In Brazil, a demonstration by striking firemen in Rio de Janeiro for better salaries and a career plan ended Friday, June 3, when the strikers invaded the fire department headquarters.
The governor of the state of Rio, citing a breach of military discipline, ordered the arrest of 439 of them. The Special Operations Battalion of the Military Police (BOPE) went into action and removed the firemen, taking them into custody.
On Saturday, June 4, governor Sérgio Cabral spoke at a press conference and declared that a salary recuperation plan is in effect. He explained that the average salary in Rio for firemen is 1,500 reais (US$ 952) per month, which should rise to 2,000 reais (US$ 1,268) at the end of the year as part of the plan.
An angry governor added that the arrested firemen will face administrative and criminal charges.
On Sunday, June 5, most of the arrested firemen were transferred to holding cells in city fire department barracks. It is reported that the leaders of the strike movement were being kept separately at the Military Police’s Internal Affairs Division in São Gonçalo.
In Brazil firemen are considered military personnel; they form a separate military corporation from the Military Police and the Armed Forces.
There are conflicting reports about the behavior of firemen who were not arrested. Spokespersons for the firemen say they will stand down and remain in their fire stations, only going out in cases of emergency. However, at fire department headquarters, officers say that all services have been normalized.
The fact is that some firemen have posted themselves on the stairs of the Rio de Janeiro State Legislative Assembly (Alerj) where they are trying to drum up public support for their grievances – the salary increase and the career plan, plus a new grievance: the immediate release of their colleagues.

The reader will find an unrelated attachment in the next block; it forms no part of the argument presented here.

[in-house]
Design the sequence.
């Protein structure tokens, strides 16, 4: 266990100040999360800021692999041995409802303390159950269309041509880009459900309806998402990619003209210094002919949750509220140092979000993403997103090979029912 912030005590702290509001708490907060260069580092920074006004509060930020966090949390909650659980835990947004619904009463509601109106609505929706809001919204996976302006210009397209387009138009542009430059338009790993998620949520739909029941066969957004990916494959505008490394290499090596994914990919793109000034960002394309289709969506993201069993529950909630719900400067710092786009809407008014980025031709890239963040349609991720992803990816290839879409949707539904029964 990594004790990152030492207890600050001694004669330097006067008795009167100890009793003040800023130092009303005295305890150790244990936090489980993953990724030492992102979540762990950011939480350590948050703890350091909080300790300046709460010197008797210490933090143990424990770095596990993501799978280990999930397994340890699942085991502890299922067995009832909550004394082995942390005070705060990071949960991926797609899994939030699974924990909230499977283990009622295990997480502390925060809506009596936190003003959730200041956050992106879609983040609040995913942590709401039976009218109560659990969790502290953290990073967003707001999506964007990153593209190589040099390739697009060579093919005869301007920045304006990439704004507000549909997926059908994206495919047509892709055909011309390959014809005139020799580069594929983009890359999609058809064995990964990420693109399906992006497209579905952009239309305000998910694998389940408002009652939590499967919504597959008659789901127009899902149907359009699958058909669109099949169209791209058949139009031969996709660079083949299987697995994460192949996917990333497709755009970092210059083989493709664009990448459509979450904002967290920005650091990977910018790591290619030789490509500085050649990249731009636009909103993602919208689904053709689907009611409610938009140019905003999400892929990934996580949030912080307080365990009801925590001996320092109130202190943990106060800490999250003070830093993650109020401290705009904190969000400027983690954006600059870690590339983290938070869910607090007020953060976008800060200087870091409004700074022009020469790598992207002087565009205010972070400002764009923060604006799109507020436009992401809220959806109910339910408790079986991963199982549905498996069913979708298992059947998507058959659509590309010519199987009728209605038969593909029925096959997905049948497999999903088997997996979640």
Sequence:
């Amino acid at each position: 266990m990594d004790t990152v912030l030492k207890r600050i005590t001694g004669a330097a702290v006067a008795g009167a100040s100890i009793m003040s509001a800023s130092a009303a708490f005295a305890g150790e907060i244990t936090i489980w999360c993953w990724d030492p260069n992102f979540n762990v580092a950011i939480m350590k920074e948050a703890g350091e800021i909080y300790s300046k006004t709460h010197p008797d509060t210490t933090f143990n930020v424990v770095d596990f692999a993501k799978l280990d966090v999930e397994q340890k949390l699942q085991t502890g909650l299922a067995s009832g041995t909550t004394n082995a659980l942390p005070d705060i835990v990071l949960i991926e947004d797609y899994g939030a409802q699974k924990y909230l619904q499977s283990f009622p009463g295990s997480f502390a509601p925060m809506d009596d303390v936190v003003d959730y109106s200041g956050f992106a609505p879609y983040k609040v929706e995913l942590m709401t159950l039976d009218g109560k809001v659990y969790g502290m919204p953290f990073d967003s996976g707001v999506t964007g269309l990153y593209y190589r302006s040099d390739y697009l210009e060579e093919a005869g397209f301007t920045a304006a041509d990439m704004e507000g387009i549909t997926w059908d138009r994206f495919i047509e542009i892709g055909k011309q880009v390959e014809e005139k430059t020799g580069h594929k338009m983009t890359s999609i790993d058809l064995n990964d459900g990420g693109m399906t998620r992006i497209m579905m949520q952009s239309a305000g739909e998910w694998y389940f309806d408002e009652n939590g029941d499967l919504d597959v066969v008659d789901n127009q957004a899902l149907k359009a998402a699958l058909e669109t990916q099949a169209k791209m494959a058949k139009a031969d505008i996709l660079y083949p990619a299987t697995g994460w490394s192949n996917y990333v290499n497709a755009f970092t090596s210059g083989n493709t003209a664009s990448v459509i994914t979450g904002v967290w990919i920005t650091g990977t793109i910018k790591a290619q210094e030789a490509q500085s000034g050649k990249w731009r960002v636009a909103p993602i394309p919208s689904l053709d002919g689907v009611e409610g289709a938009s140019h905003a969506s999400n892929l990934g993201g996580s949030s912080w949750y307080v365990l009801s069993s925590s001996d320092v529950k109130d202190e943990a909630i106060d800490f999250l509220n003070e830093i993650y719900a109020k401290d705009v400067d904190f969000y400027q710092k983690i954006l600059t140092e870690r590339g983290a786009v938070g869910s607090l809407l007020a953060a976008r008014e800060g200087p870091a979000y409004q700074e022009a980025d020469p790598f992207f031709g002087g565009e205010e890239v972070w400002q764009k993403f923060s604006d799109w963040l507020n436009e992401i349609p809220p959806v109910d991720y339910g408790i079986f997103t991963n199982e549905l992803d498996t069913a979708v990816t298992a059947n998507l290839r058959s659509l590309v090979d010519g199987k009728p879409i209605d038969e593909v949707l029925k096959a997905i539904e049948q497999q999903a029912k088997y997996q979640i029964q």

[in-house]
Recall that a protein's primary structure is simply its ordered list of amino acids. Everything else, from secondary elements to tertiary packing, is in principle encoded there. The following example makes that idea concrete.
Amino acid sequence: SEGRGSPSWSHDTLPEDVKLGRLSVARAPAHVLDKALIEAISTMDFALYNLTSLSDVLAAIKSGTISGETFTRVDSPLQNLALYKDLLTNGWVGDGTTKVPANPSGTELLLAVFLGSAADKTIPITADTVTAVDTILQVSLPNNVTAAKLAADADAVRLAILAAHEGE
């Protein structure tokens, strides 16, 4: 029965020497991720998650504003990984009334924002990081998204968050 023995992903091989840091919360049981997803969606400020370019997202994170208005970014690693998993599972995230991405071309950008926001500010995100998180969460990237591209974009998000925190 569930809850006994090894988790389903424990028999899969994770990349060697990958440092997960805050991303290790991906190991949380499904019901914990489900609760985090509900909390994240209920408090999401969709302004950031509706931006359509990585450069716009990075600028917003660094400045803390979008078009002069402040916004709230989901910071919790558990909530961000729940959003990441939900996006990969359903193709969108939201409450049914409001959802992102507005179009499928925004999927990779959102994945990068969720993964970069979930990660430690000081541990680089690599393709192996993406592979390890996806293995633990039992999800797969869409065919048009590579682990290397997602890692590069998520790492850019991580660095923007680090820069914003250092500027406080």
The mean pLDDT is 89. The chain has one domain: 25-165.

Meanwhile, the Human Rights Commission at the Rio branch of the Bar Association (OAB-RJ) says it will monitor the situation of the 439 arrested firemen. The president of the OAB-RJ, Wadih Damous, told reporters that the salary grievances of the firemen were fair and legitimate.
“Their salaries are absolutely debased. They provide the city with good services and are well-liked by the population,” Damous said.
He added that the OAB-RJ would be closely watching the situation as there were reports that lawyers were having difficulties talking to arrested firemen.
“We want to see the rules of democracy and the constitution being respected by all. We need the parties to sit down and negotiate. We want to avoid abuses on both sides,” he concluded.
The president of the Legislative Assembly of the Federal District (Brasília), deputy Patricio (Workers Party, PT), who is also the head of a national association of enlisted military personnel, has announced that he is mobilizing firemen from around the country to travel to Rio in a caravan to show support for the 439 Rio de Janeiro firemen who were arrested.
In a statement, deputy Patricio declared: “In all states where there were recent strikes by police and firemen there were arrests, as happened in Rio. However, at this time, all the governors have released the strikers, except in Rio.
Therefore, on Wednesday, June 8, we will begin to mobilize military policemen and firemen from the whole country. We will travel to Rio in a caravan and negotiate with the governor. This is no longer a Rio issue, it is a Brazil issue.”
About 30 firemen spent most of the last night camped out in front of the Rio’s Legislative Assembly.
In a note on Sunday, June 5, the state governor, Sérgio Cabral, once again repudiated the demonstration saying that the forced entrance into the headquarters building was “a gesture of immense irresponsibility.”
Also on Sunday, there was a short demonstration by around 50 firemen on the Rio-Niterói bridge.
Monday, there was an assembly of firemen soldiers and corporals (Associação de Soldados e Cabos do Corpo de Bombeiros) to discuss the situation.
This strike by Rio de Janeiro firemen must be seen against the background of the debate on a constitutional amendment (PEC 300) that would raise the salaries of policemen and firemen in all states to the level of the salaries of policemen and firemen in the Federal District (Brasília), which are the highest in the country, and about three times more than their Rio colleagues’ wages. Initial salary for a Brasília fireman is 4,129 reais (US$ 2,622) a month.
The problem, for the government and governors, is that the estimated cost of PEC 300 would be billions and billions more than anyone can afford.